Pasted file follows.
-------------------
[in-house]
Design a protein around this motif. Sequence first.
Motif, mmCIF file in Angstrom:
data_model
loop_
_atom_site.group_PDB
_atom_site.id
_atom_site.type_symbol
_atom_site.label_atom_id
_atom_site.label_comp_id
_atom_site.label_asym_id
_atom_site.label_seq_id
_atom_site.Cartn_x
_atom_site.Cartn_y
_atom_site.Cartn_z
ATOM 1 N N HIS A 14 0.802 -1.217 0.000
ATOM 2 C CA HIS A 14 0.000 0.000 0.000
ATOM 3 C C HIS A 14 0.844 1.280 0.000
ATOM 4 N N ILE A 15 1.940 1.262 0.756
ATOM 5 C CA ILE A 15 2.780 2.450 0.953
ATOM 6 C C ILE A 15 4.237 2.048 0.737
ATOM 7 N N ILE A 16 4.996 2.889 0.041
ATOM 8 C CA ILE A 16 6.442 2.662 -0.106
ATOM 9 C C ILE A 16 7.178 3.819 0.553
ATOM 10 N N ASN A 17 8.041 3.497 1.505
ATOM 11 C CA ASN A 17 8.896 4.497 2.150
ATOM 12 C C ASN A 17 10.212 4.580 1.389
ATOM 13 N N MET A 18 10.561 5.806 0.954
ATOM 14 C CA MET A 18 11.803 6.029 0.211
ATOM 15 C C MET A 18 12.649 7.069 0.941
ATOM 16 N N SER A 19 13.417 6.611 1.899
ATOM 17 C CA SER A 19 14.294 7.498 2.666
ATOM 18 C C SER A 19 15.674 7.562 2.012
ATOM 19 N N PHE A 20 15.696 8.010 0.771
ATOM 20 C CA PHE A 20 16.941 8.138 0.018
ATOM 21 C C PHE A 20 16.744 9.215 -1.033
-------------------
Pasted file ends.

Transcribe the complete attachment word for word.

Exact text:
[in-house]
Design a protein around this motif. Sequence first.
Motif, mmCIF file in Angstrom:
data_model
loop_
_atom_site.group_PDB
_atom_site.id
_atom_site.type_symbol
_atom_site.label_atom_id
_atom_site.label_comp_id
_atom_site.label_asym_id
_atom_site.label_seq_id
_atom_site.Cartn_x
_atom_site.Cartn_y
_atom_site.Cartn_z
ATOM 1 N N HIS A 14 0.802 -1.217 0.000
ATOM 2 C CA HIS A 14 0.000 0.000 0.000
ATOM 3 C C HIS A 14 0.844 1.280 0.000
ATOM 4 N N ILE A 15 1.940 1.262 0.756
ATOM 5 C CA ILE A 15 2.780 2.450 0.953
ATOM 6 C C ILE A 15 4.237 2.048 0.737
ATOM 7 N N ILE A 16 4.996 2.889 0.041
ATOM 8 C CA ILE A 16 6.442 2.662 -0.106
ATOM 9 C C ILE A 16 7.178 3.819 0.553
ATOM 10 N N ASN A 17 8.041 3.497 1.505
ATOM 11 C CA ASN A 17 8.896 4.497 2.150
ATOM 12 C C ASN A 17 10.212 4.580 1.389
ATOM 13 N N MET A 18 10.561 5.806 0.954
ATOM 14 C CA MET A 18 11.803 6.029 0.211
ATOM 15 C C MET A 18 12.649 7.069 0.941
ATOM 16 N N SER A 19 13.417 6.611 1.899
ATOM 17 C CA SER A 19 14.294 7.498 2.666
ATOM 18 C C SER A 19 15.674 7.562 2.012
ATOM 19 N N PHE A 20 15.696 8.010 0.771
ATOM 20 C CA PHE A 20 16.941 8.138 0.018
ATOM 21 C C PHE A 20 16.744 9.215 -1.033